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What are Connecticut’s ‘fiscal guardrails’? We’ve outlined them here


What are Connecticut’s ‘fiscal guardrails’? We’ve outlined them here

Feb 12, 2024 | 7:30 am ET
By Keith M. Phaneuf and Gabby DeBenedictis
What are Connecticut’s ‘fiscal guardrails’? We’ve outlined them here

The 2024 Connecticut General Assembly listens to Gov. Ned Lamont's State of the State address. SHAHRZAD RASEKH / CT MIRROR

When a fiscal crisis paralyzed the Connecticut General Assembly in 2017, lawmakers from both parties compromised to end a nine-month-long struggle to adopt a new budget.

A key part of the compromise reached in late October 2017 was to create a new spending cap, considerably more stringent than the original cap established in 1991 to accompany the new state income tax. This revised 2017 cap also was complemented with a new annual limit on bond issuances and two new programs to force the state to save a significant portion of its revenues — particularly when times are good.

These so-called “fiscal guardrails” have helped Connecticut to generate a string of surpluses, a full budget reserve and to pay down nearly $7.7 billion in pension debt.

Here’s what to know about the guardrails.

Revised spending cap

Connecticut’s spending cap — one of the single-largest factors shaping its budget — is designed to keep most government spending in line with changes in household income and inflation.

Under the cap, overall spending — excluding a few exempted areas — can grow at a percentage rate equal to either the previous calendar year’s inflation rate in urban areas or the average growth in personal income over the previous five calendar years, whichever is higher. Average growth in personal income has been higher most years.

The governor and legislature can legally exceed the cap if the governor declares a fiscal emergency and if three-fifths of both the House and Senate vote to exceed it. This tends to require some bipartisanship, since one party rarely has held three-fifths’ control in either chamber in the history of the cap.

Some expenditures, like debt service, are exempt from the cap. Some other key exemptions from the earlier spending cap system, though, are gone.

[RELATED: The history of Connecticut’s spending cap, explained]

Aid to about 25 poor cities and towns, deemed “distressed municipalities,” became subject to the cap as part of that 2017 deal. This is huge given that aid to these communities represents about two-thirds of the roughly $3.9 billion in statutory municipal grants awarded annually and could be constrained severely in years when room under the spending cap is scarce.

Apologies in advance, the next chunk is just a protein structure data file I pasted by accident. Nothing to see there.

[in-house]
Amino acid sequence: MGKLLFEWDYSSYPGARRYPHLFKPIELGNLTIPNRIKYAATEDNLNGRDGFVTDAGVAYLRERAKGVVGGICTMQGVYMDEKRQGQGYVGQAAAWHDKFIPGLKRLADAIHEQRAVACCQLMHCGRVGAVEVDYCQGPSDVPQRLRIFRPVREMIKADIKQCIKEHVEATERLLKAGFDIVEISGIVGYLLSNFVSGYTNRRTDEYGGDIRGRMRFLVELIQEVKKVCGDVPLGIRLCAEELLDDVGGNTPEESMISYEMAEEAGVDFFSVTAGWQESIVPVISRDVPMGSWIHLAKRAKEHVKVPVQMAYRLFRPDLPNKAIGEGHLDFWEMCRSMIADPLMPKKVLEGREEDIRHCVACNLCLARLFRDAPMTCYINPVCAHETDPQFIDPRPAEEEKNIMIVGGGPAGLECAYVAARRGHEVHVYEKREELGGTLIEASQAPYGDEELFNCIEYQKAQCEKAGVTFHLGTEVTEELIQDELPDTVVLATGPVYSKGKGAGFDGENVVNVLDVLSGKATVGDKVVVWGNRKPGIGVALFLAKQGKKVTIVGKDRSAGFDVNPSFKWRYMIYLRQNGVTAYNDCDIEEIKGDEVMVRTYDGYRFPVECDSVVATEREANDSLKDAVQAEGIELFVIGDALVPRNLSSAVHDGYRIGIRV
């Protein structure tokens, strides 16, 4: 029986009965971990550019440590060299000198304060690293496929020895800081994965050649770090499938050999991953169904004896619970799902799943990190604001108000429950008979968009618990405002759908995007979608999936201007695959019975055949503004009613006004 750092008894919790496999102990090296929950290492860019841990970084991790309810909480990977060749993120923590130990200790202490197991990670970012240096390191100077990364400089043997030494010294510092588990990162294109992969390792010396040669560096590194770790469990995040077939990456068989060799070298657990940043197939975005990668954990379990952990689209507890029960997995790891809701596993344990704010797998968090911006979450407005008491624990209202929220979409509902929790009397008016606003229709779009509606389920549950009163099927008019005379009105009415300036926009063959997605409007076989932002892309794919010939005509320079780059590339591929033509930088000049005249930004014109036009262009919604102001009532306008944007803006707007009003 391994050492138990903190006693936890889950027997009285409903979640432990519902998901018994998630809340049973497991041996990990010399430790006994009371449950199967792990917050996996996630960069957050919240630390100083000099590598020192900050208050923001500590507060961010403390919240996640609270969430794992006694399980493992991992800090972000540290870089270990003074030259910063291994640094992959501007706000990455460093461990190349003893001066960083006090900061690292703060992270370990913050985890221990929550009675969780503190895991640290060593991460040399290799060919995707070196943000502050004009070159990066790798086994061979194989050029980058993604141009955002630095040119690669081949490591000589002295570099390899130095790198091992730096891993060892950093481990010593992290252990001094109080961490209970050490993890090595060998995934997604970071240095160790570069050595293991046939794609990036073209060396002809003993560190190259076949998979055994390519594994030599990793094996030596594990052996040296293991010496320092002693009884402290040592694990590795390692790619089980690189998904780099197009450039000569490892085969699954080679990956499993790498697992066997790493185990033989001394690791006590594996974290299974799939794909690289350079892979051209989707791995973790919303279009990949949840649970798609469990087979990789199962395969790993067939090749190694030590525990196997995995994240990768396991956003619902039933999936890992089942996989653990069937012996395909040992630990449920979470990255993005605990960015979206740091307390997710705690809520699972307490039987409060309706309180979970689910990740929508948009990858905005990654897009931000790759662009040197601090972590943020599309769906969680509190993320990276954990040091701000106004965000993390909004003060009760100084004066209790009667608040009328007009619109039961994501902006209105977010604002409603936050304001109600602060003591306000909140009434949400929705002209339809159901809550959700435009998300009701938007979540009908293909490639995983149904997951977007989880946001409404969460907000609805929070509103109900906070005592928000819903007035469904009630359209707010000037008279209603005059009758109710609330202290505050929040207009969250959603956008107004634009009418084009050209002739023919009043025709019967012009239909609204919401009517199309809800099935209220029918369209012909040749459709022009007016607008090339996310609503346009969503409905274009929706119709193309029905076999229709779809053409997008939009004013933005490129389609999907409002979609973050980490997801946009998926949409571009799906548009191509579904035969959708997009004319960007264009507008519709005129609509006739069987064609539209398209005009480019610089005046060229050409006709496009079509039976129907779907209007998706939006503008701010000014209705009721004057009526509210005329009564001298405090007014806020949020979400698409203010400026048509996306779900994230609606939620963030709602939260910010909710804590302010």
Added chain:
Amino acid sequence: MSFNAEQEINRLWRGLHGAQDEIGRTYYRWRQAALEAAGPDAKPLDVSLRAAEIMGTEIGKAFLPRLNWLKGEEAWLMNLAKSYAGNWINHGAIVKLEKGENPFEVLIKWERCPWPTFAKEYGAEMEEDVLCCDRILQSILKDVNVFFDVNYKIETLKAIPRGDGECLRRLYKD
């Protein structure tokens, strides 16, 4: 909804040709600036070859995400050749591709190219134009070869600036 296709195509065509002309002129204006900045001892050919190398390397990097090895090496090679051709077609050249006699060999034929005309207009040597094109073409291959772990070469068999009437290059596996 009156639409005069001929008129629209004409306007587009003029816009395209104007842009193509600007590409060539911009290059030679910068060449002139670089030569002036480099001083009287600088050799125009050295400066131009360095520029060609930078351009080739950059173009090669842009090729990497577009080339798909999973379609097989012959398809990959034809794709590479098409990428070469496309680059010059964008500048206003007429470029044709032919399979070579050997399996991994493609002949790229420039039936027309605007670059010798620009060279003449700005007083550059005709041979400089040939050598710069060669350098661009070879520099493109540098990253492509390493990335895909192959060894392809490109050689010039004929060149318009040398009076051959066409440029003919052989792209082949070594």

Those tight years could become more frequent soon, due to another change in exemptions.

The 2017 compromise moved required contributions to the state employees’ pension fund under the cap in 2023 and brings payments to the teachers’ pension system under it in 2027. Historically, those required payments often have grown faster than both household income and the rate of inflation. And if they do so again once both are back under the cap, they could eat up a disproportionate share of the spending growth, grabbing funds that otherwise might go to core programs like education, health care, social services, town aid and transportation.

Bond issuance cap

Connecticut borrows billions of dollars annually by issuing general obligation bonds on Wall Street, and the bond issuance cap limits the amount it can sell in a given fiscal year. The limit adjusts annually for inflation — during the 2022-23 fiscal year it was capped at $2.4 billion.

General obligation bonds are used to finance projects like municipal school construction, capital improvements at public colleges and universities, state building renovations and upgrades, open space and farmland preservation, and numerous smaller civic projects in legislators’ districts.

The bonds are repaid out of the state budget’s General Fund, which makes up about 90% of the overall budget.

Revenue cap

The revenue cap requires that the state budget have a built-in cushion of, at a minimum, 1.25% of the General Fund.

It was designed to prevent state lawmakers from adopting a budget with no margin of error, ensuring that unexpected expenses don’t plunge the state into a deficit.

Volatility adjustment

The volatility adjustment requires the state to save a portion of its income tax receipts from quarterly filings, which generally refers to income from capital gains, dividends and other investment earnings. It also requires the state to save a portion of quarterly business taxes paid by companies that don’t file corporation taxes.

When established in 2017, the volatility adjustment initially captured any revenues from these sources that exceeded $3.15 billion. That threshold is adjusted annually for inflation and currently is just shy of $3.8 billion.

This budget mechanism, more than any others, has helped the state produce massive state surpluses since 2017, amass a $3.3 billion rainy day fund and make $7.7 billion in supplemental payments into its pension funds.